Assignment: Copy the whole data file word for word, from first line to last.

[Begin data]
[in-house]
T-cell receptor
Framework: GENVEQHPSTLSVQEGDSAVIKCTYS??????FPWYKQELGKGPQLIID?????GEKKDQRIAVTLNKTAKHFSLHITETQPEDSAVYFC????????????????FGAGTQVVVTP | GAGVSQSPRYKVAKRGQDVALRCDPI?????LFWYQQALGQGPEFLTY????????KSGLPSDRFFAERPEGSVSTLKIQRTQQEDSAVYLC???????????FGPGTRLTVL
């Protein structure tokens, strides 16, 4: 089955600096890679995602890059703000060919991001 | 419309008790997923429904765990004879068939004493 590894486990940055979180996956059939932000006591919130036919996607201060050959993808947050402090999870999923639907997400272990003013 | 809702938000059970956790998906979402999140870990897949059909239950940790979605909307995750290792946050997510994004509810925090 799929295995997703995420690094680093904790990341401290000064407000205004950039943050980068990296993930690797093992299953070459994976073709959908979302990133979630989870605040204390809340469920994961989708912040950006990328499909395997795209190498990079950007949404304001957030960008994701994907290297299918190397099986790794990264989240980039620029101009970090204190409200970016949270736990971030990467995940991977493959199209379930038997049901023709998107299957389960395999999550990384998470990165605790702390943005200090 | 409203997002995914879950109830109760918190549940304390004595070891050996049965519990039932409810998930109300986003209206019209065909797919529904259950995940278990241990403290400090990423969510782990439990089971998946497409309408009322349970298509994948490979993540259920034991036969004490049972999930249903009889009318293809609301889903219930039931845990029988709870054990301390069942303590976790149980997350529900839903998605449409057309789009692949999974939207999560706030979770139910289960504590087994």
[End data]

[in-house]
T-cell receptor
Framework: GENVEQHPSTLSVQEGDSAVIKCTYS??????FPWYKQELGKGPQLIID?????GEKKDQRIAVTLNKTAKHFSLHITETQPEDSAVYFC????????????????FGAGTQVVVTP | GAGVSQSPRYKVAKRGQDVALRCDPI?????LFWYQQALGQGPEFLTY????????KSGLPSDRFFAERPEGSVSTLKIQRTQQEDSAVYLC???????????FGPGTRLTVL
């Protein structure tokens, strides 16, 4: 089955600096890679995602890059703000060919991001 | 419309008790997923429904765990004879068939004493 590894486990940055979180996956059939932000006591919130036919996607201060050959993808947050402090999870999923639907997400272990003013 | 809702938000059970956790998906979402999140870990897949059909239950940790979605909307995750290792946050997510994004509810925090 799929295995997703995420690094680093904790990341401290000064407000205004950039943050980068990296993930690797093992299953070459994976073709959908979302990133979630989870605040204390809340469920994961989708912040950006990328499909395997795209190498990079950007949404304001957030960008994701994907290297299918190397099986790794990264989240980039620029101009970090204190409200970016949270736990971030990467995940991977493959199209379930038997049901023709998107299957389960395999999550990384998470990165605790702390943005200090 | 409203997002995914879950109830109760918190549940304390004595070891050996049965519990039932409810998930109300986003209206019209065909797919529904259950995940278990241990403290400090990423969510782990439990089971998946497409309408009322349970298509994948490979993540259920034991036969004490049972999930249903009889009318293809609301889903219930039931845990029988709870054990301390069942303590976790149980997350529900839903998605449409057309789009692949999974939207999560706030979770139910289960504590087994």